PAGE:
By Craig Buckler

What’s New in Modernizr 2

By Craig Buckler

The second version of Modernizr has been released. Modernizr is probably the best-known and most widely-used feature detection library. As well as 40 browser tests and updated documentation, there are several new features to excite HTML5, CSS3 and JavaScript developers…

Conditional Resource Loading

yepnope.js is now integrated within Modernizr. It allows the page to conditionally load JavaScript or CSS files depending on support for one or more browser features. For example:

	test: Modernizr.geolocation,
	yep : "geo.js",
	nope: "geo-polyfill.js"

In this situation, a browser which supports HTML5 geo-location will load geo.js whereas one without support will load geo-polyfill.js — which possibly contains extra code to implement similar functionality.

For more information, refer to Regressive Enhancement with Modernizr and Yepnope.

Media Query Testing

Responsive web design or zoom layouts have become increasingly popular techniques. In essence, the web page design uses CSS media queries to respond to the dimensions of the browser viewport. For example, perhaps a single column would be shown on a mobile device but the content would re-flow into two columns on a higher-resolution desktop browser.

Modernizr 2 allows you to test media queries in JavaScript, e.g.

if ("screen and (min-width:641px)")) // do something

This could be useful when loading further resources which wouldn’t be appropriate on a smaller screen, e.g. large banner adverts.

New Plugin API

You can now write your own test methods when a feature is not supported by Modernizr. The basic syntax is:

Modernizr.addTest(str, function);

Let’s create a simple example which detects whether the current window is a pop-up:

Modernizr.addTest("popup", function(){
	return !!window.opener;

If our page is running in a pop-up window, a .popup class is applied to the HTML element and Modernizr.popup will return true. Otherwise, the HTML element will have the class .no-popup.

Vendor Prefix Detection

The .prefixed() method returns the appropriate prefixed or non-prefixed name variant for a property supported by the browser, e.g.

var t = Modernizr.prefixed("transform");

The value of t would be “WebkitTransform” in webkit browsers and “MozTransform” in Firefox 4. Useful stuff.

Custom Build Tool

While it isn’t a new, it’s worth mentioning Modernizr’s custom build tool which allows you to pick the browser tests you require. It’s a great feature which can significantly reduce the size of the resulting script. I’d recommend similar modular facilities if you’re developing your own JavaScript libraries.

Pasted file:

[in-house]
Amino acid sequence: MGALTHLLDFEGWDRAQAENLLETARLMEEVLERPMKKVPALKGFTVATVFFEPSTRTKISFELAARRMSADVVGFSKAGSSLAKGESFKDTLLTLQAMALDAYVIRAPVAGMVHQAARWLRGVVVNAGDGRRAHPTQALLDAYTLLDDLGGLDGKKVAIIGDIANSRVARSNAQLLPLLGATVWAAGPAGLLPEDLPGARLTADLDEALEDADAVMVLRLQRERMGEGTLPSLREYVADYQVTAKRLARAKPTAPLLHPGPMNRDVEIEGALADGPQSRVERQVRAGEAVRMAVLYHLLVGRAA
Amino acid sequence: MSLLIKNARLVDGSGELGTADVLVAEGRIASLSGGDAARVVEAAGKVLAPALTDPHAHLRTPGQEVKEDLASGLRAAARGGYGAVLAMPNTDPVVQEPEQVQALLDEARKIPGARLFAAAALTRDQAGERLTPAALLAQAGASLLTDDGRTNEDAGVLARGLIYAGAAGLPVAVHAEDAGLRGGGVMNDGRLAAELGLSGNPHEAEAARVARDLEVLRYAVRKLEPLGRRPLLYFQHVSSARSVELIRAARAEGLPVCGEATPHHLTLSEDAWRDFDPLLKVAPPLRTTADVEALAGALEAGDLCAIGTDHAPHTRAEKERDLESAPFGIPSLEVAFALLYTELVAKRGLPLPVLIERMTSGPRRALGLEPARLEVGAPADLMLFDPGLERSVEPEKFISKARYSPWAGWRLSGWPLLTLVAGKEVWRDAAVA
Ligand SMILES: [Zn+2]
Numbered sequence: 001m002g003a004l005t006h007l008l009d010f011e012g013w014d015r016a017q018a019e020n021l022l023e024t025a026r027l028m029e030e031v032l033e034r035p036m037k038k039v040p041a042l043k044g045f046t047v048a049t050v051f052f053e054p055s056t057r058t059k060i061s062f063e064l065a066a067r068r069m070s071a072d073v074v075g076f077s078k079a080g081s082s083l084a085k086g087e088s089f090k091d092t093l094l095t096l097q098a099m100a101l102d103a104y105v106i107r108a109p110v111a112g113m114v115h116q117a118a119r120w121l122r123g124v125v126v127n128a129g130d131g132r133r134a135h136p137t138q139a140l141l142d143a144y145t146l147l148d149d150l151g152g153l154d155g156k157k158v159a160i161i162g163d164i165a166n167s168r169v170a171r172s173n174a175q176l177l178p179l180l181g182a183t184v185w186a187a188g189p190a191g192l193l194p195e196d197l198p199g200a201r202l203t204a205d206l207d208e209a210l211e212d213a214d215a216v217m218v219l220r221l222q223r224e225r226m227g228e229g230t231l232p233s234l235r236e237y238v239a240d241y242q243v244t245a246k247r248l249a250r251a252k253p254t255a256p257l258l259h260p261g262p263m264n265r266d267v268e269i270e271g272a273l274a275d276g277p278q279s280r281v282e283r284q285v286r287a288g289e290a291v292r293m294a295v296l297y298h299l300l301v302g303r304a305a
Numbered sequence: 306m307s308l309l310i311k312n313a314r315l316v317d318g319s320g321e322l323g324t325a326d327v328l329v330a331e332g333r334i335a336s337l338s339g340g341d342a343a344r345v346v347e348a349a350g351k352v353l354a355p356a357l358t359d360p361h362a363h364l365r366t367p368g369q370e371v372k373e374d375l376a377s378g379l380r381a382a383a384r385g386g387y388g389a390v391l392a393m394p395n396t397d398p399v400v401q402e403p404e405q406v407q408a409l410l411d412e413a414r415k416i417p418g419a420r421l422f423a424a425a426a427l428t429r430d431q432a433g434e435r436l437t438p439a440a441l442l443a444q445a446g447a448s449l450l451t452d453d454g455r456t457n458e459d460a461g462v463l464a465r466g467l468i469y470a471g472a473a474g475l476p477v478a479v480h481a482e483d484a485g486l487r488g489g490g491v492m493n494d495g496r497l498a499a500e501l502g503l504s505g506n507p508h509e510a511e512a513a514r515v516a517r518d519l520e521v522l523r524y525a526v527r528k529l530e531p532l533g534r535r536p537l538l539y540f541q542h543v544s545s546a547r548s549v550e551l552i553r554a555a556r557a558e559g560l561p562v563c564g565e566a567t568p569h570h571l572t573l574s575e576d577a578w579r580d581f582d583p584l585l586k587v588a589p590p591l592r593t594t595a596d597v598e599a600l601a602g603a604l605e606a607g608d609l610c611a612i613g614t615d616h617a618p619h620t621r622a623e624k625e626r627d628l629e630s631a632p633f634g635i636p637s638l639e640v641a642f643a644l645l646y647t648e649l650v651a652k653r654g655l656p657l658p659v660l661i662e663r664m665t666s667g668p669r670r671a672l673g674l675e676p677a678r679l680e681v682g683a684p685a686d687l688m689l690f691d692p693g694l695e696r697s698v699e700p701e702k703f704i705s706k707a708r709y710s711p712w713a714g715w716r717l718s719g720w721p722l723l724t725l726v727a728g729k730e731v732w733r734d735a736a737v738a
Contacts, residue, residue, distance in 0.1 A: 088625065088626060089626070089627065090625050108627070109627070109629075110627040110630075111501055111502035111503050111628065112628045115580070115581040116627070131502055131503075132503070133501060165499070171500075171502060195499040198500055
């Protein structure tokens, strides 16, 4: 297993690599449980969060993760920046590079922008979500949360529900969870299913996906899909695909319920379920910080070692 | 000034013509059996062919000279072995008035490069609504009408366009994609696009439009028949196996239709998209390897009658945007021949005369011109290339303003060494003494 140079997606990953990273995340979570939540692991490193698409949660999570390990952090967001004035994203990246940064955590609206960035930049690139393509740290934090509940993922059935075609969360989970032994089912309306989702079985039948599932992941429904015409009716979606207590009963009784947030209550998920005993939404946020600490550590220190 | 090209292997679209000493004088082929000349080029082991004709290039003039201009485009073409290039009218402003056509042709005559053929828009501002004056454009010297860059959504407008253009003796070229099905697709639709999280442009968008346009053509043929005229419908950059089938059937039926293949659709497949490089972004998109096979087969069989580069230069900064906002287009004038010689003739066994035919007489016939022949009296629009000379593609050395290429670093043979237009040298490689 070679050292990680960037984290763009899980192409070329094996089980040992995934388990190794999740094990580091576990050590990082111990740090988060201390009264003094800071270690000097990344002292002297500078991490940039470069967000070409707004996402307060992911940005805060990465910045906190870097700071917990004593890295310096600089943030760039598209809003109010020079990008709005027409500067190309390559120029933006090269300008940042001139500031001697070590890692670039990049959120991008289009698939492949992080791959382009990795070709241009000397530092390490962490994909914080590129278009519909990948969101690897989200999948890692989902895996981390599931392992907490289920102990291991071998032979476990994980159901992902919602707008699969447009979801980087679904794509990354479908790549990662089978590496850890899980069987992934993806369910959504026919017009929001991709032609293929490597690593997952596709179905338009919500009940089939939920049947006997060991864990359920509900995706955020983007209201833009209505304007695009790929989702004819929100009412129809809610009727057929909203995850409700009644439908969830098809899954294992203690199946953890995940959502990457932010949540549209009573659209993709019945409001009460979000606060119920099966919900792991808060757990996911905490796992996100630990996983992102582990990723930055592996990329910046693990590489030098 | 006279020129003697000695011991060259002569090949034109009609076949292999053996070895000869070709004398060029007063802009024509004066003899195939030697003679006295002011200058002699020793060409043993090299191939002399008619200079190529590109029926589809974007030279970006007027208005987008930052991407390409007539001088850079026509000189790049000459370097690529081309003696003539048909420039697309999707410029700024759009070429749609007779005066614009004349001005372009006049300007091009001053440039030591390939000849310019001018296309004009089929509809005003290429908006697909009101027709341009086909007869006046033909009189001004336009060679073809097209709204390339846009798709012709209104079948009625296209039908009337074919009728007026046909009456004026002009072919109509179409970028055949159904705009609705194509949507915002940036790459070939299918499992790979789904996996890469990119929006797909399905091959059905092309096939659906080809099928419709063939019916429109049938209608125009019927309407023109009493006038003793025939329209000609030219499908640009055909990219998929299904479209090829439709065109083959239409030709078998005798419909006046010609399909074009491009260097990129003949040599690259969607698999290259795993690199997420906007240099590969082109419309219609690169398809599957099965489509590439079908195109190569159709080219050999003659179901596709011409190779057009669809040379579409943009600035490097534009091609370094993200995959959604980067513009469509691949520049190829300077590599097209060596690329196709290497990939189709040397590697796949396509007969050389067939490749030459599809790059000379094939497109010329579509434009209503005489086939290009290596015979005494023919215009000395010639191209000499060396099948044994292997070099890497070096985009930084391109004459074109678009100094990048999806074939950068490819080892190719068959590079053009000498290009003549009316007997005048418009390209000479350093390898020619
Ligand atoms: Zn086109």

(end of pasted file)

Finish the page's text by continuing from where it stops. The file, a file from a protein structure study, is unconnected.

Do you use Modernizr? Will you start using it now?

  • Alec Rust

    Actually, the main thing that Modernizr 2 brings is a fatal bug in IE7 rendering:

    Don’t use Modernizr 2 until this fix has been rolled in to the release version.

  • iackay

    The version in Github is now fixed. Great turn around on that.

  • IT Mitică

    Once again, I’m not convinced.

    For web apps, it seems invaluable to me. But for web pages, there is still too much to rely on to make it 100% viable.

    The way I see it, old browsers don’t need it because it will make them even more sluggish (and I opt for the case where the page gracefully degrades for them), and for the new browsers I have pure CSS solutions, I don’t need to rely on a JS library for layout.

    Seems to me more like a beginner to intermediate in web dev tool, or, like I said, invaluable for web apps.

    • Paul

      @IT Mitica
      What’s the difference between a web app and a “web page”? That makes no sense. Most “Old browsers” that are even worth developing for support JavaScript and CSS, and thus, you can target the lack of CSS3/HTML5 support for those browsers with Modernizr.

      • IT Mitică

        From my point of view (feel free to correct or amend me) web apps are the likes of cPanel or facebook or mail interfaces like the new Yahoo! Mail beta.

        For these ones, there is a massive JS code involved, and without this JS code, the pages lose functionality or simply don’t work.

        On the other hand, I see web pages as being those made for the larger “unauthenticated” public, that need to work and be accessible without imposing conditions outside the html markup.

        Yes, most “Old browsers” that are even worth developing for may be supporting JavaScript and CSS, but JS and CSS is suppose to only enhance the surfing experience, not to be the deux ex machina for it.

    • You shouldn’t require Modernizr in most situations, especially if we’re talking about content-only websites. After all, does it matter that IE8’s showing square rather than rounded corners?

      However, there are situations when it’s useful. How to Create Blurred Text Effects in CSS3 describes one case. Or perhaps you need to detect HTML5 features such as canvas, SVG, audio or video. In those cases, you can either load a shim to make them work in IE6/7/8 or show alternative content and avoid loading large chunks of JavaScript code.

  • Anonymous

    Is Modernizr available in CDN?

  • Dated Jury

    Is there a CDN where Modernizr 2 can be used?

    • It’s being considered at Google code, but I couldn’t find a reliable one. That said, I’d recommend using the custom build — you’re unlikely to require every test.

  • Justin

    Awesome! I just downloaded 2.0.4 for my blog. Going to tinker around with geolocation.

  • Brian Lang

    Are there any implications of swapping out Modernizr 1.6 for 2.0?

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